Preparation of Choroidal Explants and RPE-Removed Choroidal Explants
Choroidal explants were prepared from adult Sprague-Dawley rats as described previously. 33 Eyes were isolated rapidly under aseptic conditions. Preparation of choroidal explants was performed under a stereomicroscope with an optic fiber light source in a sterile vertical laminar flow hood. Blood vessels, and connective and fatty tissue were removed from the exterior of the eyeballs in a Petri dish containing DMEM. After removing the cornea, lens, corpus vitreum, and retina, the posterior segment containing the sclera and choroid was sectioned into 1- to 2-mm sections and placed in growth factor-reduced basement membrane matrix (Matrigel; BD Biosciences, San Jose, CA). 
The RPE-removed choroidal explants were prepared according to a previously described procedure. 34 In a Petri dish containing 1× Hank's balanced salt solution (HBSS; Invitrogen), the blood vessels, and connective and fatty tissue were removed from the exterior of the eyeballs. Eyes then were incubated at 37°C for 45 minutes with 2% Dispase II (neutral protease; Roche Applied Science, Indianapolis, IN) in HBSS. After removing the cornea, lens, corpus vitreum, and retina, the RPE layer was peeled off from the choroid with fine forceps. The posterior segment containing the sclera and choroid without the RPE was sliced into 1- to 2-mm sections and placed in growth factor–reduced basement membrane matrix. The effectiveness of the RPE removal was assessed by histologically. 
Treatment of Choroidal Explants and Measurement of Angiogenesis
Choroidal explants were cultured at 37°C in 5% CO2 for 3 days. The culture medium was changed on day 4 and explants were treated with saline or 50 μg/mL of LMPs (or indicate concentrations) until day 6. In some experiments, choroidal explants were preincubated with the following antibodies for 3 hours before LMPs treatment: 45 μg/mL anti-p75NTR (Millipore Corporation, Billerica, MA), 45 μg/mL anti-PEDF (Santa Cruz Biotechnology, Inc., Santa Cruz, CA), and 45 μg/mL anti-rat IgG (Sigma-Aldrich, St. Louis, MO). Photographs were taken daily from days 4 to 6 using an Axiovert 200M inverted microscope (Carl Zeiss International, Jena, Germany). The angiogenic response was determined by measuring the area covered by vessels (neovessel formation) using Image-Pro Plus software (MediaCybernetics, Rockville, MD), and presented as a percentage of that in control groups (set as 100%).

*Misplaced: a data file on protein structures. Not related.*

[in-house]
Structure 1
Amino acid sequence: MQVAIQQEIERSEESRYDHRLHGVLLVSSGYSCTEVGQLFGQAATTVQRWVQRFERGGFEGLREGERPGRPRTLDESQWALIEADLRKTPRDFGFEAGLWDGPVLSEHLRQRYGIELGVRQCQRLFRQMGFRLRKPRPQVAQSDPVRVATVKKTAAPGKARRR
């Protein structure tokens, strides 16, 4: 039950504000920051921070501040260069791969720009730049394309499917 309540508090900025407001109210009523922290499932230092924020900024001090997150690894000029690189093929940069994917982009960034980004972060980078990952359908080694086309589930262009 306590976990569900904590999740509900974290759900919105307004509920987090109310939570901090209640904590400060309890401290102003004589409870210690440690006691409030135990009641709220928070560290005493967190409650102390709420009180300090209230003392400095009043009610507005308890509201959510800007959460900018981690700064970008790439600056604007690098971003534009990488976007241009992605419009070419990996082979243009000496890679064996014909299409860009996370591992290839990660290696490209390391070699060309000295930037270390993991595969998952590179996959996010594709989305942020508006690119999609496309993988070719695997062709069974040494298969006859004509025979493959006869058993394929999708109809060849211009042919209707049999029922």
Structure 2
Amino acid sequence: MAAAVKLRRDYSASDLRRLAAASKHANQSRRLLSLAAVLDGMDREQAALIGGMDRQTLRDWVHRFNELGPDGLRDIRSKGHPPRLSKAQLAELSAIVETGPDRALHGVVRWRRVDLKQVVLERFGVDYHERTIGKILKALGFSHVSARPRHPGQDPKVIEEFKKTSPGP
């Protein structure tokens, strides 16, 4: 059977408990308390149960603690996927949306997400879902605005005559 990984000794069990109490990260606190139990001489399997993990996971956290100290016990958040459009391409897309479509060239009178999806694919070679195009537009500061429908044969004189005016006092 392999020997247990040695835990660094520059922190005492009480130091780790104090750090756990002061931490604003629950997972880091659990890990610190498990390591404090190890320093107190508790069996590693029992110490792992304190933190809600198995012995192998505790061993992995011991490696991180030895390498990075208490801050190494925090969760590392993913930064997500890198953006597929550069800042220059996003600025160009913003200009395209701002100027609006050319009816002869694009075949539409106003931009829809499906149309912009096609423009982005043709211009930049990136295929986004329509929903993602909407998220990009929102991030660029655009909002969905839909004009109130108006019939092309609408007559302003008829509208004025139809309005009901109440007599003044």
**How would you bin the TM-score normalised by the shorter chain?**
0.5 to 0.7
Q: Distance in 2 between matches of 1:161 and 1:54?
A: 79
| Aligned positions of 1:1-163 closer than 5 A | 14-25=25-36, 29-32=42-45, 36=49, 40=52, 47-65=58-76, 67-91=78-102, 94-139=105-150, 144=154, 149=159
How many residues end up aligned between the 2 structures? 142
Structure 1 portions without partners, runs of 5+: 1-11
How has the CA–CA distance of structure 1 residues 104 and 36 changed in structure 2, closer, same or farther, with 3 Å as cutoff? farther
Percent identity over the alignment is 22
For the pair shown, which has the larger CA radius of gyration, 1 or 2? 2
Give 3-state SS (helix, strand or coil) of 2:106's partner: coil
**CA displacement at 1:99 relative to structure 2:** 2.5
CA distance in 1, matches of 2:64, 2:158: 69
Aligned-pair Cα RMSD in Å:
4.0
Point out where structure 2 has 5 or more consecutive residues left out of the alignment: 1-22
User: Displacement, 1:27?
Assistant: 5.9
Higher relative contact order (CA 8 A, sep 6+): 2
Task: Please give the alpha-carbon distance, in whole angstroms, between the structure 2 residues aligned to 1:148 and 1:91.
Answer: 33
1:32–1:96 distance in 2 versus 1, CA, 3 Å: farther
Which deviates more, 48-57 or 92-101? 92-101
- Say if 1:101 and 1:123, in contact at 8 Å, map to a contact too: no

Immunohistochemical Staining of Choroidal Explants
The choroidal explants were fixed in cold 4% paraformaldehyde for 1 hour followed by rinsing with PBS (pH 7.4). Explants then were permeabilized in 1.0% Triton X-100 and blocked in 10% normal goat serum. The rabbit anti-activated caspase-3 (Asp175, 1:200 in PBS; Cell Signaling Technology, Beverly, MA) with secondary antibody Alexa Fluor 488 goat anti-rabbit IgG (1:500; Invitrogen) or annexin V conjugated to green-fluorescent FITC dye (FITC annexin V, 1:200; Invitrogen) was used to detect apoptotic cells. Phycoerythrin-conjugated anti-rat CD31 (PECAM-1, 1:200; BD Pharmingen; BD Biosciences) and mouse monoclonal to RPE65 (ab13826, 1:100; Abcam, Cambridge, UK) with secondary antibody 594 Fab goat anti-mouse (1:500; Invitrogen) were used to identify specifically endothelial and RPE cells, respectively. Alexa-488–conjugated phalloidin (1:200; Invitrogen) was used to determine the cell morphology. Cell nuclei were stained with 4′,6-diamidino-2-phenylindole (DAPI, 1:5000; Invitrogen). Explants then were mounted onto glass slides with the epithelium facing upwards using Vectashield mounting medium (Vector Laboratories, Burlingame, CA). Images were taken using fluorescence microscopy (Eclipse E800; Nikon Corp., Tokyo, Japan).